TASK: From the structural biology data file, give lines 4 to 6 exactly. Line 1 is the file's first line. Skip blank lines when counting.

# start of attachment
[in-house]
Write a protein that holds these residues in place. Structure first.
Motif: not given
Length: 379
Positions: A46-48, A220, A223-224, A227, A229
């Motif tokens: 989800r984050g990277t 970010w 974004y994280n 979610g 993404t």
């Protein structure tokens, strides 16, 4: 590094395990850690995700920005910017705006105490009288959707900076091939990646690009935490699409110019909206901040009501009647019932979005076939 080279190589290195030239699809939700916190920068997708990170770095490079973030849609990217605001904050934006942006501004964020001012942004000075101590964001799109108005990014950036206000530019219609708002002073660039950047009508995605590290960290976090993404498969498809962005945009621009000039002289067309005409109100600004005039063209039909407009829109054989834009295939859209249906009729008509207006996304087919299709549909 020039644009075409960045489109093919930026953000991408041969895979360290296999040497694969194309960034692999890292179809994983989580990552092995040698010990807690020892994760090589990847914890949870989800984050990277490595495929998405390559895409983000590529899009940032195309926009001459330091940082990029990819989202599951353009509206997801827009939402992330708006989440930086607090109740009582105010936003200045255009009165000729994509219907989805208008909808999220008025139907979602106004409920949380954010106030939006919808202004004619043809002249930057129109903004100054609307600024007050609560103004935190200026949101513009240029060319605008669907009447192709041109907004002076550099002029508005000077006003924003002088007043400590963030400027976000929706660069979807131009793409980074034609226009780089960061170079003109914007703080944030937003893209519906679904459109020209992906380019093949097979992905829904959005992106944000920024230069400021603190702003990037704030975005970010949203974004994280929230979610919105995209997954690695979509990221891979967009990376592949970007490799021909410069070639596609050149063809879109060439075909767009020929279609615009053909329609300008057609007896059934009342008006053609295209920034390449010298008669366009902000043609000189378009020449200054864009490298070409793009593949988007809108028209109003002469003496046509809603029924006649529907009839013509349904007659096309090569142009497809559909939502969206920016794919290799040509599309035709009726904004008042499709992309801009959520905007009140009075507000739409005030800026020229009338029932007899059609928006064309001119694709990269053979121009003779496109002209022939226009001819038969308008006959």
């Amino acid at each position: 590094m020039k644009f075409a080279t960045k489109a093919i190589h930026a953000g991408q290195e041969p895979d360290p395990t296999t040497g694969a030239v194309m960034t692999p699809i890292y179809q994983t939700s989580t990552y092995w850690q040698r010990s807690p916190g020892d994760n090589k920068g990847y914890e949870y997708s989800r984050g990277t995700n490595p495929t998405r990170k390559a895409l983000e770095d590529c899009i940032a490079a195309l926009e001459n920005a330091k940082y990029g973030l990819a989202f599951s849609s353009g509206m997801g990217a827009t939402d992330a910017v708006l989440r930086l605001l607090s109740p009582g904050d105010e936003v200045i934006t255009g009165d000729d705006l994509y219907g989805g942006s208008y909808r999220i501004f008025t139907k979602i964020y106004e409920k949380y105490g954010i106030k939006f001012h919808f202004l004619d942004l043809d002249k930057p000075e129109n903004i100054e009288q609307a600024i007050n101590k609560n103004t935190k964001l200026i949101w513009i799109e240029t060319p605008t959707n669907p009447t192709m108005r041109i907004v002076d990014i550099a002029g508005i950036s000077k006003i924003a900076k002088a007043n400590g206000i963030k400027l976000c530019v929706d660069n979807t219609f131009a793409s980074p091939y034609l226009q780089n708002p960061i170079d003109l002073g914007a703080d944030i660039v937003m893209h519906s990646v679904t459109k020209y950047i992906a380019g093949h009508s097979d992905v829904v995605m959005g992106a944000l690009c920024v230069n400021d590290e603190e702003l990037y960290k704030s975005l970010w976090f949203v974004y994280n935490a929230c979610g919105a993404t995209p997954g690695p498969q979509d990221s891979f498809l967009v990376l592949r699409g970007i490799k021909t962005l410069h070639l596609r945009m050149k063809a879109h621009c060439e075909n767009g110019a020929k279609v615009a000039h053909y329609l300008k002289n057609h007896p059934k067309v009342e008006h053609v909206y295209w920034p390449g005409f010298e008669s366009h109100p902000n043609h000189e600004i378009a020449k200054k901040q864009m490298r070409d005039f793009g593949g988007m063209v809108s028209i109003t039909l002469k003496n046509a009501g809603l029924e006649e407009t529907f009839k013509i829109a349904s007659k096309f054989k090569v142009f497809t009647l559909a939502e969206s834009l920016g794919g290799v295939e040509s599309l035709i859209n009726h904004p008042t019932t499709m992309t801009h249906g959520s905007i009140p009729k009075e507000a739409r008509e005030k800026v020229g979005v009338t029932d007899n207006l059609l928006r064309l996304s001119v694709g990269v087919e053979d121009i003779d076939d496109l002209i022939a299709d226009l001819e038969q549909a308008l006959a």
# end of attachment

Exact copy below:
Length: 379
Positions: A46-48, A220, A223-224, A227, A229
């Motif tokens: 989800r984050g990277t 970010w 974004y994280n 979610g 993404t």